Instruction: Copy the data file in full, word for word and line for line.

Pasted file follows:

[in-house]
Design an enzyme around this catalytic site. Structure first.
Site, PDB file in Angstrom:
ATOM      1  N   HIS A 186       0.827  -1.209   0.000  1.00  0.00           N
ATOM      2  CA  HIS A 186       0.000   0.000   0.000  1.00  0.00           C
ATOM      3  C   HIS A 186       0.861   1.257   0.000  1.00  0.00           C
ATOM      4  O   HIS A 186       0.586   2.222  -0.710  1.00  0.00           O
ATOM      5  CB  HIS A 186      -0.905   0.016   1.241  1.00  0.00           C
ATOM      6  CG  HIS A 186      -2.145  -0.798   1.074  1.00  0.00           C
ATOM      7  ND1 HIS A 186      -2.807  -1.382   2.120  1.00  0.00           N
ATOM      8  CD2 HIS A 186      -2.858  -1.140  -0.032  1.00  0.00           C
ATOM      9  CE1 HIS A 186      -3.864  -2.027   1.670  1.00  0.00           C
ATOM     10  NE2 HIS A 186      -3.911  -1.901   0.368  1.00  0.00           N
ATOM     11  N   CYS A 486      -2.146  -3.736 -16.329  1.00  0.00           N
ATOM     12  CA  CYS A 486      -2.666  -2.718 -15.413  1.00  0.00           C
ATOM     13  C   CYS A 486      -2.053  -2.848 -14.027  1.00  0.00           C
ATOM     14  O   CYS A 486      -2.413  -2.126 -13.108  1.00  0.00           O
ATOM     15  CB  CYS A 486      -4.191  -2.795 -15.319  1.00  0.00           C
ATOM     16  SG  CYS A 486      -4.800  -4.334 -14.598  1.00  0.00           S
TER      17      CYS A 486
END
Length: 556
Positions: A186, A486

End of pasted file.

[in-house]
Design an enzyme around this catalytic site. Structure first.
Site, PDB file in Angstrom:
ATOM      1  N   HIS A 186       0.827  -1.209   0.000  1.00  0.00           N
ATOM      2  CA  HIS A 186       0.000   0.000   0.000  1.00  0.00           C
ATOM      3  C   HIS A 186       0.861   1.257   0.000  1.00  0.00           C
ATOM      4  O   HIS A 186       0.586   2.222  -0.710  1.00  0.00           O
ATOM      5  CB  HIS A 186      -0.905   0.016   1.241  1.00  0.00           C
ATOM      6  CG  HIS A 186      -2.145  -0.798   1.074  1.00  0.00           C
ATOM      7  ND1 HIS A 186      -2.807  -1.382   2.120  1.00  0.00           N
ATOM      8  CD2 HIS A 186      -2.858  -1.140  -0.032  1.00  0.00           C
ATOM      9  CE1 HIS A 186      -3.864  -2.027   1.670  1.00  0.00           C
ATOM     10  NE2 HIS A 186      -3.911  -1.901   0.368  1.00  0.00           N
ATOM     11  N   CYS A 486      -2.146  -3.736 -16.329  1.00  0.00           N
ATOM     12  CA  CYS A 486      -2.666  -2.718 -15.413  1.00  0.00           C
ATOM     13  C   CYS A 486      -2.053  -2.848 -14.027  1.00  0.00           C
ATOM     14  O   CYS A 486      -2.413  -2.126 -13.108  1.00  0.00           O
ATOM     15  CB  CYS A 486      -4.191  -2.795 -15.319  1.00  0.00           C
ATOM     16  SG  CYS A 486      -4.800  -4.334 -14.598  1.00  0.00           S
TER      17      CYS A 486
END
Length: 556
Positions: A186, A486